There are however a number of indicators of earlier activity. Some pieces (two cores, thesmall number of true blades, some of the retouched flakes) appear to be products of StoneAge technologies rather than Iron Age ones, but are not more closely dateable. Theseinclude the flakes of Portland chert, which are more likely to be Mesolithic, Neolithic or Early Bronze Age (one is possibly an axe flake). A microlith was recovered (a TypeD1bii in Clarke’s 1934 series), which dates from the Later Mesolithic. A sub-circular scraper with continuous retouch leaving only the platform unaltered is of Beaker type.The range of tools is very limited. The scrapers are morphologically varied, but nonewould appear to predate the later Neolithic. A single example is made on Portland Chert.The piercers are tentative identifications, although all have damage at the point that mayresult from use. The dihedral burin is a certain example, and really a multi-purpose tool,having use-wear below the burin removal and blunting and edge damage on the oppositemargin. It is not closely dateable. There are no burin spalls. The retouched tools are far fewer in number than pieces with edge damage indicative of use, although the latter aredoubtless over-represented given the amount of edge damage due to post-depositionalfactors.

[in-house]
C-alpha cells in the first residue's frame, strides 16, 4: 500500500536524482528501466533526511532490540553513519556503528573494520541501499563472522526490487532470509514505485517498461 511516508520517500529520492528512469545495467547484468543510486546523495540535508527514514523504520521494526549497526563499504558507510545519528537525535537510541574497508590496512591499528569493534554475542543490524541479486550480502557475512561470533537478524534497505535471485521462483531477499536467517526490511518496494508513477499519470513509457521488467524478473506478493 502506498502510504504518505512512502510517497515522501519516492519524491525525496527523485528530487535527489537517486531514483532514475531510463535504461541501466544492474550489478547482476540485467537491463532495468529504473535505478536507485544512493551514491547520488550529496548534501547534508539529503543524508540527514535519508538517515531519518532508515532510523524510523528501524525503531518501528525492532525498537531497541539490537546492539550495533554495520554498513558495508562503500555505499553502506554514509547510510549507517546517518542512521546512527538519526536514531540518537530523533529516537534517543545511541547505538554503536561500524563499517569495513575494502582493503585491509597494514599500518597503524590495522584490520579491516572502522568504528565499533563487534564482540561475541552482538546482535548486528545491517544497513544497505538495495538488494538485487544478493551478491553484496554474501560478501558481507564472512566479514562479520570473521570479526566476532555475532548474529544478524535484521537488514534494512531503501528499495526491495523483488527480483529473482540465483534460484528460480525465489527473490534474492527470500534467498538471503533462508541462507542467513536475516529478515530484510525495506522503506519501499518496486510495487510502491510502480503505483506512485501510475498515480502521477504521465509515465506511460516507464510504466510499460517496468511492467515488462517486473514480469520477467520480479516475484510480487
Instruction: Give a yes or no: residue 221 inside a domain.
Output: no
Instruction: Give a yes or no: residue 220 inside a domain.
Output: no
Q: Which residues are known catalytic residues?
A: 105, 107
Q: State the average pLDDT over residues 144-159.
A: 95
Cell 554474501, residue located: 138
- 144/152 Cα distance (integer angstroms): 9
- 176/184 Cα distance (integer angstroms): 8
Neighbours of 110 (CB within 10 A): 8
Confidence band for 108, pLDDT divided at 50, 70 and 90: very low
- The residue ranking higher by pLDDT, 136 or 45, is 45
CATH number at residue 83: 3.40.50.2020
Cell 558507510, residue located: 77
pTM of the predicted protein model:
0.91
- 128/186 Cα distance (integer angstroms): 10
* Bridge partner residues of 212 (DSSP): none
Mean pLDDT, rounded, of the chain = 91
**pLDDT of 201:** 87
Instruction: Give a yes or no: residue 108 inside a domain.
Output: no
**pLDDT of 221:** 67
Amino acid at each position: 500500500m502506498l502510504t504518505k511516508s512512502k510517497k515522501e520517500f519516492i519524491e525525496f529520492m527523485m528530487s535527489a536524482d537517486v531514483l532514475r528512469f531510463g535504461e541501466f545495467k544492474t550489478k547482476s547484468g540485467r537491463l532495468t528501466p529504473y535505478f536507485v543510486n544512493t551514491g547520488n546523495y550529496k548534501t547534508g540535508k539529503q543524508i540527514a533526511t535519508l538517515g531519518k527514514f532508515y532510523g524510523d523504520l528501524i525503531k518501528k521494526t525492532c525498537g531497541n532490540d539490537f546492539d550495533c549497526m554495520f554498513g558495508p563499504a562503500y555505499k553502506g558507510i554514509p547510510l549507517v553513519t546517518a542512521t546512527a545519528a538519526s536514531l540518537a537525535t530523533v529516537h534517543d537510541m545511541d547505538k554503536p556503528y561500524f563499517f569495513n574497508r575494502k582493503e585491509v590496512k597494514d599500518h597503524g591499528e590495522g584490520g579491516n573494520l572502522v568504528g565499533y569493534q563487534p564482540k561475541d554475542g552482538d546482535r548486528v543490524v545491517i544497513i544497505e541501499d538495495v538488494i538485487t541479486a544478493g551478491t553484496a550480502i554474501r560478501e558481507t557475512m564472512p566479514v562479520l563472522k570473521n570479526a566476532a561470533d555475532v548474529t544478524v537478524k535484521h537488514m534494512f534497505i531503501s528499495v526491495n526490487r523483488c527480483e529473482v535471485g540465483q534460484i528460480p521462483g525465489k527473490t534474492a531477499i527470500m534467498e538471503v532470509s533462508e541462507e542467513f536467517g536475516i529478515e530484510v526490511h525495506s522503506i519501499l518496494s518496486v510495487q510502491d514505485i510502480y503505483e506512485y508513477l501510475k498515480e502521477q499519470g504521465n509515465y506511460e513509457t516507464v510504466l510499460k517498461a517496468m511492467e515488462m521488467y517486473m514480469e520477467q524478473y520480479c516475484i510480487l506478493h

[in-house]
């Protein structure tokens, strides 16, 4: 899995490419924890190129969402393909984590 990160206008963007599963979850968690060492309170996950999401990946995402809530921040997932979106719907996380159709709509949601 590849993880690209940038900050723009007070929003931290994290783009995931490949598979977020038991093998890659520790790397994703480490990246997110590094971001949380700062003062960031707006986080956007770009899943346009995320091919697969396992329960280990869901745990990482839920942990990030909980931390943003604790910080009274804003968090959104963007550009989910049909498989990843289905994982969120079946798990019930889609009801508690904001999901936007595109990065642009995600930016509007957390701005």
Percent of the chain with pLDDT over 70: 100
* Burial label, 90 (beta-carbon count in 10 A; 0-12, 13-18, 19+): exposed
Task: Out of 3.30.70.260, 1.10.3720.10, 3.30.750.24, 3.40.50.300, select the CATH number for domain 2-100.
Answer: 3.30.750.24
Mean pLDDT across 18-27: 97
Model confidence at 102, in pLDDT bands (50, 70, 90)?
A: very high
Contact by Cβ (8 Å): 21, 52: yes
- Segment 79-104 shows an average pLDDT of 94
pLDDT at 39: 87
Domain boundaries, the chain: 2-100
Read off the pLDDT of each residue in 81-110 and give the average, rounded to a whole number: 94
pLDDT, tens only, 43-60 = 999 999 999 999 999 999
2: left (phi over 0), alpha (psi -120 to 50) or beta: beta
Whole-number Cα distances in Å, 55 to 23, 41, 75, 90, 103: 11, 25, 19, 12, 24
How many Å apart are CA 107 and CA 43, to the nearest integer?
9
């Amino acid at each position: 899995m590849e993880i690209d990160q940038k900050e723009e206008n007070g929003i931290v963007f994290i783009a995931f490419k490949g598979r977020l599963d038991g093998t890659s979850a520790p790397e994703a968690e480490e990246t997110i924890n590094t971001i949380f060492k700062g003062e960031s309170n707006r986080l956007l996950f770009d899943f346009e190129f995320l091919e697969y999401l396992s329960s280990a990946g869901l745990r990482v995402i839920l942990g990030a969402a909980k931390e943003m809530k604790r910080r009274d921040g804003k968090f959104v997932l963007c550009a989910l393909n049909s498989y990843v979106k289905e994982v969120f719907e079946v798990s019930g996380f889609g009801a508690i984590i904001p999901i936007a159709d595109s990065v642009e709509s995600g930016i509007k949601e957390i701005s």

There were 108 pieces of burnt (unworked) flint weighing 2,533g. No significantconcentrations of material were noted, with a maximum of 15 pieces in any one context(most had only between two and five). The material is intrinsically undatable, and neednot be exclusively associated with prehistoric activity.
Clark, J. G. D., 1933, The classification of a microlithic culture: the Tardenoisian of Horsham,
, 52-77Wessex Archaeology 2006, Bentleigh Cross Limited, Former County Hospital Site,Dorchester, Dorset. Internal Post-excavation Assessment, unpubl report ref. 56530.01